France skillfully alternates shots of the demonstrations with shots of the reason for them. No scene is more powerful than a totally quiet one in which someone’s hands mix and then apply lotion, lesion by lesion, to each Kaposi’s Sarcoma dotting a man’s back. This was a time when hospital staff would not bring meals into PWAs’ rooms and funeral homes refused their bodies, when Staley’s boss on Wall Street told him gay people deserved it because they took it up the ass, Pat Buchanan urged that gay school teachers be fired, and William Buckley Jr. opined that they should be tattooed; a time when people called in to ask if it was safe to ride the subway and trash bags were used to transmit the corpses. It was not a time for the Best Little Boy in the World, even though most gay people in New York did not join ACT UP. These happy—or angry—few were but a minority of gay New York, though Kramer, at the end, says what ACT UP did was the greatest thing gay people have done in this country.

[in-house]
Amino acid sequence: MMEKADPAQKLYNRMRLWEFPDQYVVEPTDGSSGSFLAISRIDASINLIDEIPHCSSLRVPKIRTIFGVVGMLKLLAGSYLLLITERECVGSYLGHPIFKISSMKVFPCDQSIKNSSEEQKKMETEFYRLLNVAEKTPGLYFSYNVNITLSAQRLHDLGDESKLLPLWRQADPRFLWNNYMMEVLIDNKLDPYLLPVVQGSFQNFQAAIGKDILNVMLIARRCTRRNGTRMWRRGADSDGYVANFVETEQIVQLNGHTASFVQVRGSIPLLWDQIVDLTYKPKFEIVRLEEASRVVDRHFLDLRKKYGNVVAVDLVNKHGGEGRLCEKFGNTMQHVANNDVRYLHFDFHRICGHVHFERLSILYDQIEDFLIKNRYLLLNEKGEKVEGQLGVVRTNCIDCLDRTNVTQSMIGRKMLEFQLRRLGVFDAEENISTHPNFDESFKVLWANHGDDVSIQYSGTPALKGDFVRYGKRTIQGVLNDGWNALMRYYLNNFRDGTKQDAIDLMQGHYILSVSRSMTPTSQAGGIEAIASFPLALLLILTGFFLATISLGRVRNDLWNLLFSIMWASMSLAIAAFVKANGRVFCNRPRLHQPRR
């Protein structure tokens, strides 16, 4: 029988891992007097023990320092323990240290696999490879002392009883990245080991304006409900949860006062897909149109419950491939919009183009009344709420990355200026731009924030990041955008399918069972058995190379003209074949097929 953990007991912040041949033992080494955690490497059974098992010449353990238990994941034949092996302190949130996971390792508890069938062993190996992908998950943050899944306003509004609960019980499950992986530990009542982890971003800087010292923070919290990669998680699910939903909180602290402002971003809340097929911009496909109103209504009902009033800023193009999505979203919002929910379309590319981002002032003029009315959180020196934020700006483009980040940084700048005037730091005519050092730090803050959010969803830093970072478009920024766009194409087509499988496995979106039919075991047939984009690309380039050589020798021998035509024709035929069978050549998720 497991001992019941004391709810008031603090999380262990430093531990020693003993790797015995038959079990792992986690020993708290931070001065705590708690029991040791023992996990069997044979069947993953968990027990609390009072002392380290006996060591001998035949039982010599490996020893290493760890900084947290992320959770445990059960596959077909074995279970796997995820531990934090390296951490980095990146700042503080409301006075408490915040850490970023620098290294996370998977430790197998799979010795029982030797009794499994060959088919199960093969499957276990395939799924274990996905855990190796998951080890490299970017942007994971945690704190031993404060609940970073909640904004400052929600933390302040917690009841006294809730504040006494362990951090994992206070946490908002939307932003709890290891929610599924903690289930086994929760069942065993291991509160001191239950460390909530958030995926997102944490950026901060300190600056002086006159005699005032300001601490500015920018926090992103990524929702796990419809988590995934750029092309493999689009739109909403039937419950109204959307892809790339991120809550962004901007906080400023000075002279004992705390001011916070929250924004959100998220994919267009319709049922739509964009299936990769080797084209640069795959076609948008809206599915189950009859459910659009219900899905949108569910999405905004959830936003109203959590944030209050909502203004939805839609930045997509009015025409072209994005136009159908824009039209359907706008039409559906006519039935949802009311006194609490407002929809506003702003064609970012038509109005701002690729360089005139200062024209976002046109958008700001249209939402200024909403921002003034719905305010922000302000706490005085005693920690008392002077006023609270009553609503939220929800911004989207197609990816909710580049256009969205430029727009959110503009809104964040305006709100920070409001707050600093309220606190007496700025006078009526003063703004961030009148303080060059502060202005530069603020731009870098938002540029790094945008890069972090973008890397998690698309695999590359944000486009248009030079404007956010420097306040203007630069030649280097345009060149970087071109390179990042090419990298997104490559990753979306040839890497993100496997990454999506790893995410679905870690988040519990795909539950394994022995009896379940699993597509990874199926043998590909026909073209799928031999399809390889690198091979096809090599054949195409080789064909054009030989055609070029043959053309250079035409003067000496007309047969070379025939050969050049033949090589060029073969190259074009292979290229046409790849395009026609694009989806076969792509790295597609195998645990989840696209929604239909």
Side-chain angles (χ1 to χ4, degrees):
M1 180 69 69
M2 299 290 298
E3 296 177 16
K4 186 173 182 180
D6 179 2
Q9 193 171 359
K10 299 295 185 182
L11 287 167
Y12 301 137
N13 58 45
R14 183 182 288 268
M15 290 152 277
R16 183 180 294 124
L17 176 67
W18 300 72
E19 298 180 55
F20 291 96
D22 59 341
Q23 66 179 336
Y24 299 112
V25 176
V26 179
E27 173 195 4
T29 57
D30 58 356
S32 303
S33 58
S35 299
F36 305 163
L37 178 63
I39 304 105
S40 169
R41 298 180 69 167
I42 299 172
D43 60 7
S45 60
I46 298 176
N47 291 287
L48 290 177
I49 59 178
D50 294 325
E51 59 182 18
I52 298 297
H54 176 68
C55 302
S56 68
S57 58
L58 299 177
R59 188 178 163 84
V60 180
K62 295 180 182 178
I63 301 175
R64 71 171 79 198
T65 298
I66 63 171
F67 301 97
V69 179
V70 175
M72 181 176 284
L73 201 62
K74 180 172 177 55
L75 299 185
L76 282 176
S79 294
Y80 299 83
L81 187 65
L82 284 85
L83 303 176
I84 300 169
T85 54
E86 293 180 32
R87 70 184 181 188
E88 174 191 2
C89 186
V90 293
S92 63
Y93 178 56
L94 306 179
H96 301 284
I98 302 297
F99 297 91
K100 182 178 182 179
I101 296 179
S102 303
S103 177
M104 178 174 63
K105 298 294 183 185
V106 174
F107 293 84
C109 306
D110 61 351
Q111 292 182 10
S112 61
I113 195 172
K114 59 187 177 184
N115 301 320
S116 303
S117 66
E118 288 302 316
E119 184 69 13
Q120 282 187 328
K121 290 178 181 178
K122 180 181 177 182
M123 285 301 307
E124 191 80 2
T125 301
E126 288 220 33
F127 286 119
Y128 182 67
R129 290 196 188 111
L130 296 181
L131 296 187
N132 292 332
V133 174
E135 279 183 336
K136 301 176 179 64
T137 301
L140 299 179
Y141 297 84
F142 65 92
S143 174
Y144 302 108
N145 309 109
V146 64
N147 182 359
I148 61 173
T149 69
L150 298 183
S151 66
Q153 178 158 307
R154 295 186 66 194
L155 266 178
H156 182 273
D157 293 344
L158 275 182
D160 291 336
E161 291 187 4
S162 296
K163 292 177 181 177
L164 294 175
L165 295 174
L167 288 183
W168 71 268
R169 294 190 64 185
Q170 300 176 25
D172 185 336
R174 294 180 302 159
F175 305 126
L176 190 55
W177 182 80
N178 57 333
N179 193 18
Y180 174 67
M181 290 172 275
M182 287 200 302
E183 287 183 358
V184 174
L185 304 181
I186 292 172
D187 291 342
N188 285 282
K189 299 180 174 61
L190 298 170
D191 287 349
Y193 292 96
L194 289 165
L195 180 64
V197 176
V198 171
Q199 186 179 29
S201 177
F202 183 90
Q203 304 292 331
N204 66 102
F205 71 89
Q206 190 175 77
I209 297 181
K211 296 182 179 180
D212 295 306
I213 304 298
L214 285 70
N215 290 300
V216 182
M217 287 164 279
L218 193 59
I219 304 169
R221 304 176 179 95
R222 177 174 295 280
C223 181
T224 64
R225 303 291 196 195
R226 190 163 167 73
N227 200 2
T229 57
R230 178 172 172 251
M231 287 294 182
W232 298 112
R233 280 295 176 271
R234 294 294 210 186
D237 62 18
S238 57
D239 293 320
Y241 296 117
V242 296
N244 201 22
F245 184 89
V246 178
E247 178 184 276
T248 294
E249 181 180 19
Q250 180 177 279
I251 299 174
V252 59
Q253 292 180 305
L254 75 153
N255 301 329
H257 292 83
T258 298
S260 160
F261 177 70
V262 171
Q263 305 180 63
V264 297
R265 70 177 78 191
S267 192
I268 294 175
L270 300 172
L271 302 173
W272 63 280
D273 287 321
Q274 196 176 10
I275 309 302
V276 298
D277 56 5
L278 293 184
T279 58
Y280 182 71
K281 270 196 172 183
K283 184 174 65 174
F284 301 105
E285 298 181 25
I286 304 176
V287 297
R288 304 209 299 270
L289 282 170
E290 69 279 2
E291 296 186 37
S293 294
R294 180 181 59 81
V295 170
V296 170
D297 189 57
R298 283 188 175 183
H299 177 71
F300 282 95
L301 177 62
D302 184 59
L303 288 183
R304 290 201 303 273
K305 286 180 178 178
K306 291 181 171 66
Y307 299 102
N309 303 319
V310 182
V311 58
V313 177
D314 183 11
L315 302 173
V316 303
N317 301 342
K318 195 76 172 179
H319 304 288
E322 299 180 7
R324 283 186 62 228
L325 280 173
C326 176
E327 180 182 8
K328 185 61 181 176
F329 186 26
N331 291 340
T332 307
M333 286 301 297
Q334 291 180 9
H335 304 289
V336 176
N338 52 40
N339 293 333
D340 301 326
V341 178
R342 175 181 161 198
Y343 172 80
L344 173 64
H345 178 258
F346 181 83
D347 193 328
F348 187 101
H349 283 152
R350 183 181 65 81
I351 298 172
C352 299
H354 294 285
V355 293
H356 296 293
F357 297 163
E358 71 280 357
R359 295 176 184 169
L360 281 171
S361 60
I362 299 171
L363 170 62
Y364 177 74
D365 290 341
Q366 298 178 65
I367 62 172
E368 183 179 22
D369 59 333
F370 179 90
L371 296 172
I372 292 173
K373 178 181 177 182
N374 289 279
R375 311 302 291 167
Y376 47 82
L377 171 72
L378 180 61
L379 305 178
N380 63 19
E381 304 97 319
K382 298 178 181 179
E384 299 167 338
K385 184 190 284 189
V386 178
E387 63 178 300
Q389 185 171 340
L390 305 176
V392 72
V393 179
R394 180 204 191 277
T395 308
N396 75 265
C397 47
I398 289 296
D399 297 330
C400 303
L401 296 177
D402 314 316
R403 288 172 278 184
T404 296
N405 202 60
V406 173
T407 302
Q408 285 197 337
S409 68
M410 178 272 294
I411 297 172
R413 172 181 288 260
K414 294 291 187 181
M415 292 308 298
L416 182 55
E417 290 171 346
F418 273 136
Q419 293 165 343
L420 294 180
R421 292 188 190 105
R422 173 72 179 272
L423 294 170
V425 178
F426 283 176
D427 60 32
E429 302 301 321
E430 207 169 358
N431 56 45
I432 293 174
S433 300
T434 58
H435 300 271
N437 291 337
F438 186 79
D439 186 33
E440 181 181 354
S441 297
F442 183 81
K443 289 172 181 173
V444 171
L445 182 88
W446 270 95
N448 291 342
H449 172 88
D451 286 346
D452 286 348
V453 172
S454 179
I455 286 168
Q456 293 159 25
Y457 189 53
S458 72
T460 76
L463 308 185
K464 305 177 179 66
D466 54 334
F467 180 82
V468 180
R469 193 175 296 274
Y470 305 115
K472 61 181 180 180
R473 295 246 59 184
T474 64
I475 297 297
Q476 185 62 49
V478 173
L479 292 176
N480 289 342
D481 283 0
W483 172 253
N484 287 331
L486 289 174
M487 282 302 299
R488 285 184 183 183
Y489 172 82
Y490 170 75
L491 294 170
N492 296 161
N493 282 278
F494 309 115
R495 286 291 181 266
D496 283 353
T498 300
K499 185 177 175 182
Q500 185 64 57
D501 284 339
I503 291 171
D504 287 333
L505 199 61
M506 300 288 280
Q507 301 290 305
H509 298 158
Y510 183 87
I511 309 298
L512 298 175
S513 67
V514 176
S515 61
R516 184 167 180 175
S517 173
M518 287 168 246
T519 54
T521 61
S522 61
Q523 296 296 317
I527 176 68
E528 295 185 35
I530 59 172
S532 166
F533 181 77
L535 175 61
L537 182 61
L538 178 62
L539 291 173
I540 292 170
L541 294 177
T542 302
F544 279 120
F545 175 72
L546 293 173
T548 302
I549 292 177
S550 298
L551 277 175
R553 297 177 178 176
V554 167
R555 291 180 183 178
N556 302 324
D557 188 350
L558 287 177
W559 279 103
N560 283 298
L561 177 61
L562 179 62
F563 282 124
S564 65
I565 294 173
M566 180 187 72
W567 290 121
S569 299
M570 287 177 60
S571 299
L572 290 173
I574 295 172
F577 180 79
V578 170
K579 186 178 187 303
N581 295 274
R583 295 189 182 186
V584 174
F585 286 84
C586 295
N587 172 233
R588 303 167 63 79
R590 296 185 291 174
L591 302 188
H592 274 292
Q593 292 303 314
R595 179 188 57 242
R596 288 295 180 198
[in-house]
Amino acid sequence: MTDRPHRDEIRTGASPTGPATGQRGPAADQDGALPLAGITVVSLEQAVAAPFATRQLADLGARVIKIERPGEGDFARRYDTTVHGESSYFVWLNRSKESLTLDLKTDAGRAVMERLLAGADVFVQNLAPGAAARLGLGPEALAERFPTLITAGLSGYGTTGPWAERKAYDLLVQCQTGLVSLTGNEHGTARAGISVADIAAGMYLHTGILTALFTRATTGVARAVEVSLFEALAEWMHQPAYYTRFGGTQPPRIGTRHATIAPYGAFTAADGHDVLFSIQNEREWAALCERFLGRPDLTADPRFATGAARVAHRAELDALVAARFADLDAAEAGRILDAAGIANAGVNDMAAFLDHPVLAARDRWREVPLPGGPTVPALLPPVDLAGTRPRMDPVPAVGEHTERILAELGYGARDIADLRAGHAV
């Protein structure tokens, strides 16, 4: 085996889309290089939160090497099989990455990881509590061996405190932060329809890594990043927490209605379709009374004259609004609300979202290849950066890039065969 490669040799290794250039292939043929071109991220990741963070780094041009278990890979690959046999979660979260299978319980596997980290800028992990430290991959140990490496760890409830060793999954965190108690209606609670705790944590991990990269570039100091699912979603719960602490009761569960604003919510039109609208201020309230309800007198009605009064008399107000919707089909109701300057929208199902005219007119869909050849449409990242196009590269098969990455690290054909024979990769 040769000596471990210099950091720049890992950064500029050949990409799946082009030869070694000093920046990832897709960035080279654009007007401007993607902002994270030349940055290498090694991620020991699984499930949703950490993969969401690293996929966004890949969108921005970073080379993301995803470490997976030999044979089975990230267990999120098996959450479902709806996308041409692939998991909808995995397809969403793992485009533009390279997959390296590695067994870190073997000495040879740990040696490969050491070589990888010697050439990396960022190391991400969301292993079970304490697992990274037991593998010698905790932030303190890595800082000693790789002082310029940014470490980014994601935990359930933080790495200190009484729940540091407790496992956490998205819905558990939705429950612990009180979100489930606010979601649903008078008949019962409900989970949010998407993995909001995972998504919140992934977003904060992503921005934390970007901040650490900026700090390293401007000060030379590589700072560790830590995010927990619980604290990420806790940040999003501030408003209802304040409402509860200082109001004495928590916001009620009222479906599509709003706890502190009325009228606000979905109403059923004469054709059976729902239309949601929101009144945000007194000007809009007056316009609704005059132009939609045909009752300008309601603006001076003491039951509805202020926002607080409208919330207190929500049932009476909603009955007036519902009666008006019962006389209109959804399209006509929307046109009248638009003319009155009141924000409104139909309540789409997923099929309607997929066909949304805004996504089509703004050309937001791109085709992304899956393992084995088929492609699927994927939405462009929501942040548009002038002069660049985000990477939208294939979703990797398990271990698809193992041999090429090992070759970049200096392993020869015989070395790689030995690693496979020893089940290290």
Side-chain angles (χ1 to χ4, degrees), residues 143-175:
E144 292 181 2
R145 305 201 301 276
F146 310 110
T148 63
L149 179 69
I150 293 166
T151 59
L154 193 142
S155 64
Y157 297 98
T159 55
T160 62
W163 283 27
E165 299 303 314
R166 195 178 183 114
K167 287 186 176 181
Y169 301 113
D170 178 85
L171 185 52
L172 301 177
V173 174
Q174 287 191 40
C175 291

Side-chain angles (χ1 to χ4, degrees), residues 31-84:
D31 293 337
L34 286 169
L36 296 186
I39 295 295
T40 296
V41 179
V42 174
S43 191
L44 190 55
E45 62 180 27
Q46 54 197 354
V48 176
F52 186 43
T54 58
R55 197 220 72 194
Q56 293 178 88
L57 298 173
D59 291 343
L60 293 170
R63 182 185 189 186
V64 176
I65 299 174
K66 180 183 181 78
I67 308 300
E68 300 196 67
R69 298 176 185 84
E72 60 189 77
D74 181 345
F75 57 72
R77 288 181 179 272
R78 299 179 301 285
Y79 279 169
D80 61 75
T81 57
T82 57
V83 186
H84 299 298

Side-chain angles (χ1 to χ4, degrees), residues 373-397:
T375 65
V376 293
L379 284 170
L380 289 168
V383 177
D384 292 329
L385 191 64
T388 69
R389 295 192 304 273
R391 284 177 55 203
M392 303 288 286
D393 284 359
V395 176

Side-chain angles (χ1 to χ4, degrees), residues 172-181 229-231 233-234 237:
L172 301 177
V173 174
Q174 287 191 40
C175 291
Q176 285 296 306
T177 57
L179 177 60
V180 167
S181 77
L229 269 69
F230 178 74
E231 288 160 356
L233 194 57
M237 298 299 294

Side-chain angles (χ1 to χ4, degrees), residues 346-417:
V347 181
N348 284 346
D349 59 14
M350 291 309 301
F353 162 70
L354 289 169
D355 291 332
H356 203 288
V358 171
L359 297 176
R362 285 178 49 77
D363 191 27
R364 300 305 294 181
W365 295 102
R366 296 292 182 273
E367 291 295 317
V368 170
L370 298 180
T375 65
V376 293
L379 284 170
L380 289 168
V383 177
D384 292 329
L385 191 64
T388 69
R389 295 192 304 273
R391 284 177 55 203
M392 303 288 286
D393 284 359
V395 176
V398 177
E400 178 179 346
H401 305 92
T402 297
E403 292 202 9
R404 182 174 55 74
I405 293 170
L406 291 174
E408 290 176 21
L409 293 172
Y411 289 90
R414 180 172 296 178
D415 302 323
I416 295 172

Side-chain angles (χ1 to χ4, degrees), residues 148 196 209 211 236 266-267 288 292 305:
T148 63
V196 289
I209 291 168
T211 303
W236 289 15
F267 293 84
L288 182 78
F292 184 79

This film has no voice-overs, no mellifluous narrator giving us a chronology of events in a sedative tone à la PBS, but it does, in the sequence of its clips, give us a rise and fall. It also makes clear that the core of ACT UP was the struggle for medicine—ideally a cure, or, failing that, something that would halt the progression of the disease and its horrendous effects. This turns it into the story of the Treatment Action Group (TAG), run primarily by Mark Harrington and Peter Staley, who were eventually separated from ACT UP for being “elitist.” (They were; few people understood the science.) TAG had one goal: to get medicine to people with HIV. At one point they are simply begging for a medicine that will prevent people from going blind. The first breakthrough was AZT. Five years into the plague, TAG had to admit that AZT had been a waste of time. It wasn’t until the protease inhibitors and combination therapies arrived (in 1996) that people began to feel better; and then the change was so dramatic that it was called the Lazarus Effect. Within thirty days the new medicines could make the virus undetectable.